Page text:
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Where Do I Start?

A basic guide to resources and services addressing the most frequently asked questions (FAQs) about the library.

Introduction to Primary Sources

What is a Primary Source?

primary source is a first-hand account of an event, time period, or philosophical era.

A primary source may include:

  • diaries, journals, speeches, letters, interviews, office memos and other papers if the author was present at the event being written about
  •  memoirs and autobiographies which are describing events that the author was present for
  • government documents, such as census records
  • reports and minutes of organizations that reflect events, conditions and ideas of the time
  • books, journals and newspapers written at the time of the event in question
  • photographs, audio tapes, and film that document an event
  • research data documenting scientific data at the time
  • artifacts of all kinds, which may include buildings (architecture), household items, cave drawings, clothing, paintings, pottery

Primary Sources do not include:

  • historical accounts of an event
  • memoirs or autobiographies that reflect on an event that the author was not present for, unless it reflects the popular opinion of the time
  • a critical analysis of a work of literature that was written much later than the actual work
  • documentation of ideas or psychology of a time may be found in popular fiction, films, educational material etc produced during that time period
  • a critical analysis of an historical event that was written much later

Reasons for Using Primary Sources for Research

Why should I use Primary Sources?

•  Scholarly Research should be based on fact and observation, which involves the use of primary sources.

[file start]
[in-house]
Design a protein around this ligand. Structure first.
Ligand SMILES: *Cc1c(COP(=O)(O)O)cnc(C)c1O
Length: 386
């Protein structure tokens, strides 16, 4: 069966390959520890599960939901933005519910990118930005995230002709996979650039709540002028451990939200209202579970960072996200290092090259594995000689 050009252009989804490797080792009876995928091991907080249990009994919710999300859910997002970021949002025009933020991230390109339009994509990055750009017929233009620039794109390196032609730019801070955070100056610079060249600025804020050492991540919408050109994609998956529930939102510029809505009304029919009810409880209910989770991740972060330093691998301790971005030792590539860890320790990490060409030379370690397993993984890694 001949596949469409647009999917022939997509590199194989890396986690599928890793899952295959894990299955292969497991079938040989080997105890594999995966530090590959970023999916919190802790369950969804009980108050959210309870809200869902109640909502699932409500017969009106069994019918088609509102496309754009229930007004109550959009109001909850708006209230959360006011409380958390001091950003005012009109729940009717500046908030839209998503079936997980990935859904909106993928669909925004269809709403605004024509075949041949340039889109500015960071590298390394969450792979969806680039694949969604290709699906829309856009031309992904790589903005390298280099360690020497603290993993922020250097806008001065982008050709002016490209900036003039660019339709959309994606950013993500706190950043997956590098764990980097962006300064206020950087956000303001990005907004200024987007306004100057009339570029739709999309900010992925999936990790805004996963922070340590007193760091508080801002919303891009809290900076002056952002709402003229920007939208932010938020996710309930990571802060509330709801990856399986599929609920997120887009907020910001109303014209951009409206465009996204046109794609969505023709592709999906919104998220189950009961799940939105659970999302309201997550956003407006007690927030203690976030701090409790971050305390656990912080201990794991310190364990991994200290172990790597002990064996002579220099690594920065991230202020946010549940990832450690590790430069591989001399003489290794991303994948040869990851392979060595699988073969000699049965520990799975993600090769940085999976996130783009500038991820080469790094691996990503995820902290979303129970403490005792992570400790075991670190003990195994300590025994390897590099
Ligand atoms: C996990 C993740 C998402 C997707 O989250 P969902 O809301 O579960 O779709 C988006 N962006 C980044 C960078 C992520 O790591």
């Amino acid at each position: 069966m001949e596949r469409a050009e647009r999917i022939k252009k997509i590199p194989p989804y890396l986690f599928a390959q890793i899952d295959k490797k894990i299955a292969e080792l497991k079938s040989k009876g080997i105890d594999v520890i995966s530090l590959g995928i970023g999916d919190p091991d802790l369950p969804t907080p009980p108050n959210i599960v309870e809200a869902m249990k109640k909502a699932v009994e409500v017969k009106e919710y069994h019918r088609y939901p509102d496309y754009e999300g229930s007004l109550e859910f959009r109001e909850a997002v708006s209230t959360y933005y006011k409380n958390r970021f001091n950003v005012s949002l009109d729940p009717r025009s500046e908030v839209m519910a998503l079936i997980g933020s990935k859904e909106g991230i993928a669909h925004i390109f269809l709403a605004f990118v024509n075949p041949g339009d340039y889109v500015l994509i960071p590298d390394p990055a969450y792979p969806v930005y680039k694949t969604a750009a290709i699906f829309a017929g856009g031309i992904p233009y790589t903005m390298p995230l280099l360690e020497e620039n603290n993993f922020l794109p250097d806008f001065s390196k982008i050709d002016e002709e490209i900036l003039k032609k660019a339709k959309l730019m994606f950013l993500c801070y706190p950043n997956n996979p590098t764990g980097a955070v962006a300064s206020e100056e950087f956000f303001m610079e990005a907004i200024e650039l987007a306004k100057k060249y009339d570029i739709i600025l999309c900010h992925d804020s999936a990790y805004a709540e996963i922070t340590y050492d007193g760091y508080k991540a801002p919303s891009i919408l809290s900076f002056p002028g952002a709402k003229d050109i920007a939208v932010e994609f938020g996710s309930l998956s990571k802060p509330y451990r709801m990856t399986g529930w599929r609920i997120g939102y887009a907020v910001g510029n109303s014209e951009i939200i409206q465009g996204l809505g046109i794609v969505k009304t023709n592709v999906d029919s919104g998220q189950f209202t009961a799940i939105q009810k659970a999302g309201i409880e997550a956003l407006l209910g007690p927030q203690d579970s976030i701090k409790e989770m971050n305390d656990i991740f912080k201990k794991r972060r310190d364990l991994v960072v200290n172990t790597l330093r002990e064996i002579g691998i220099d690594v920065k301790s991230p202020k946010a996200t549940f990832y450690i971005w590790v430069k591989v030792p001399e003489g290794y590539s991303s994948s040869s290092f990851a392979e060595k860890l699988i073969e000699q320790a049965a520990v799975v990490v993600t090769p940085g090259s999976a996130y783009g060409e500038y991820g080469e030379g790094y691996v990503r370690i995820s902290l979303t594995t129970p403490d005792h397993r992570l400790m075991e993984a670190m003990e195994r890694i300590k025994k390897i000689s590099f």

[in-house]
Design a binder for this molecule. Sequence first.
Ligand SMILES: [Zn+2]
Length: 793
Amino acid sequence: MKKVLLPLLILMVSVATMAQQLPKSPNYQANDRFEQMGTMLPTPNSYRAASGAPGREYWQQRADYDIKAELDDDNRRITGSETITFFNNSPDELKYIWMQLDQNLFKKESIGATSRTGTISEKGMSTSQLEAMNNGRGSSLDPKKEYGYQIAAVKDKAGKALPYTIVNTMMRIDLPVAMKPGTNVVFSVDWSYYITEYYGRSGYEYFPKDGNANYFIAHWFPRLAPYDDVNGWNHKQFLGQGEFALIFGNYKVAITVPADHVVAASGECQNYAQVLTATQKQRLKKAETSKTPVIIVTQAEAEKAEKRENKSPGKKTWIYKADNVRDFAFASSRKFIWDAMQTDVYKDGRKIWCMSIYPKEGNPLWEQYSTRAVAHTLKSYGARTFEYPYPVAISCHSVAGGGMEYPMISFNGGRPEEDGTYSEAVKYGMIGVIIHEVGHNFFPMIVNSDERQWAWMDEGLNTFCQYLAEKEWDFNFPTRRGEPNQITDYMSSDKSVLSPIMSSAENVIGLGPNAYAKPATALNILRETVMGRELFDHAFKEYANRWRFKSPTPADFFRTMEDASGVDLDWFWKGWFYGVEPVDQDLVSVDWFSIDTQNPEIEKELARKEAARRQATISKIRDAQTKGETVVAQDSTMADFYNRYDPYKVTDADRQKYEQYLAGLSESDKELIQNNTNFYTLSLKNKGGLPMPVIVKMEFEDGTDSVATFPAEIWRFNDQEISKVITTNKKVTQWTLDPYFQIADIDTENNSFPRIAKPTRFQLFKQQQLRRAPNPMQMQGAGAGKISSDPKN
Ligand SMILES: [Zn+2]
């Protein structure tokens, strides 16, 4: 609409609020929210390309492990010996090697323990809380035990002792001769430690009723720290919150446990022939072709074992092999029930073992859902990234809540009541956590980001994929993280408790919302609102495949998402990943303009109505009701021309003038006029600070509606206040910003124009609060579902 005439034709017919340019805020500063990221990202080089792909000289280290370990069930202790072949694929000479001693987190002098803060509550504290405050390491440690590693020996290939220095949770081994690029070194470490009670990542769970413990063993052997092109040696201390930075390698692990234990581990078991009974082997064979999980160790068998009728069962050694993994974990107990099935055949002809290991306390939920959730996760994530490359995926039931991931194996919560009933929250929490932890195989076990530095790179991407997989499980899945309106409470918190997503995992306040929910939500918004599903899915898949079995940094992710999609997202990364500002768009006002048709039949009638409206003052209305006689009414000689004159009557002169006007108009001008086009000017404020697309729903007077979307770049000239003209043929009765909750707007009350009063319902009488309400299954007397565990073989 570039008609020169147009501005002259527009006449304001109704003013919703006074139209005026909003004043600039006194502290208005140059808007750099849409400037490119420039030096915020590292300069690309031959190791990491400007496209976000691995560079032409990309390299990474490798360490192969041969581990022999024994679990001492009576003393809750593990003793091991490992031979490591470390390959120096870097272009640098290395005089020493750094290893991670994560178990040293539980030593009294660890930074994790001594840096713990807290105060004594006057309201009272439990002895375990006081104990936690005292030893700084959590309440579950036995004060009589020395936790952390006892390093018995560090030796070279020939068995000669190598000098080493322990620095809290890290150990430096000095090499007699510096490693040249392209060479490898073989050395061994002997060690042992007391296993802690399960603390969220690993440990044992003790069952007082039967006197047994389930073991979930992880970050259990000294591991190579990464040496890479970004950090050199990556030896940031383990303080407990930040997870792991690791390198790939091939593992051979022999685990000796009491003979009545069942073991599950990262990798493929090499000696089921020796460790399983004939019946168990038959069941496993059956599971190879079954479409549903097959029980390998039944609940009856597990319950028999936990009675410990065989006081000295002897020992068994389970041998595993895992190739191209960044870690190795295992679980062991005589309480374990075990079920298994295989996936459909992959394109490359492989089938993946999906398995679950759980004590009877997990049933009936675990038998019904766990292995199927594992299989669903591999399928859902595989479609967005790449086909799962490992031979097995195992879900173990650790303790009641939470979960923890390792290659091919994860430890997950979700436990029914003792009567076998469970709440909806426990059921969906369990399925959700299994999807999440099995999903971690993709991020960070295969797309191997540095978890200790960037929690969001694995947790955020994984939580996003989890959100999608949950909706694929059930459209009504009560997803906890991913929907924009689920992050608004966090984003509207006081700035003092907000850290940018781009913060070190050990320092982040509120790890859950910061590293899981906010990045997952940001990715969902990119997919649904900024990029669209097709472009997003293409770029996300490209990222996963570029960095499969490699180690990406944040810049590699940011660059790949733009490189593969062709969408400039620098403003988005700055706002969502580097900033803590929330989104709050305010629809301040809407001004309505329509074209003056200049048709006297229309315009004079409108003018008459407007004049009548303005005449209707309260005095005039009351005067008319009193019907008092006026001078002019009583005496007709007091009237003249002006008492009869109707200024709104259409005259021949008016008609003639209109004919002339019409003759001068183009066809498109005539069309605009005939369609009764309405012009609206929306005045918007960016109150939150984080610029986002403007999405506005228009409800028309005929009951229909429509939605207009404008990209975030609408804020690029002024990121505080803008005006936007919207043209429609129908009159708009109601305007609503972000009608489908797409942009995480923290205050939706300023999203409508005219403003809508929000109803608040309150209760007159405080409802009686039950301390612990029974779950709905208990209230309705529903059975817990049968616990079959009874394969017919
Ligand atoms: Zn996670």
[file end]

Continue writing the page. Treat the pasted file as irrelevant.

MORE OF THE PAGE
•  They are used so that you can form your own opinion, based on the facts. They also allow you to understand how people feel, at the time, about an event or a person.

•  Primary sources are used to show your professor that you have done the research required to produce a quality paper.

•  Using primary sources shows your professor that you are able to take the facts, interpret them, and draw your own conclusion, rather than just regurgitate other people's work.

•  You should produce a better quality paper if it has some primary sources to back up your thesis statement.

•  A mixture of sources produces a more substantial paper - use primary and secondary; scholarly and popular; paper and electronicideas and artifacts; fact and fiction, etc.  

How Do I Find Primary Sources at the Library?

See this Comprehensive Guide to Primary Sources at the Library for instructions and tips on using the following resources to access primary sources: 

  • Library Catalog - for books and other published documents (e.g., letters, diaries, speeches, manuscripts, and more).
     
  • Library Databases - that access a multitude of primary sources online: books, newspaper articles, diaries, letters, visual art, and much more.
     
  • Other Online Resources - access directories to websites on African-American history, women's history, U.S. history, and more.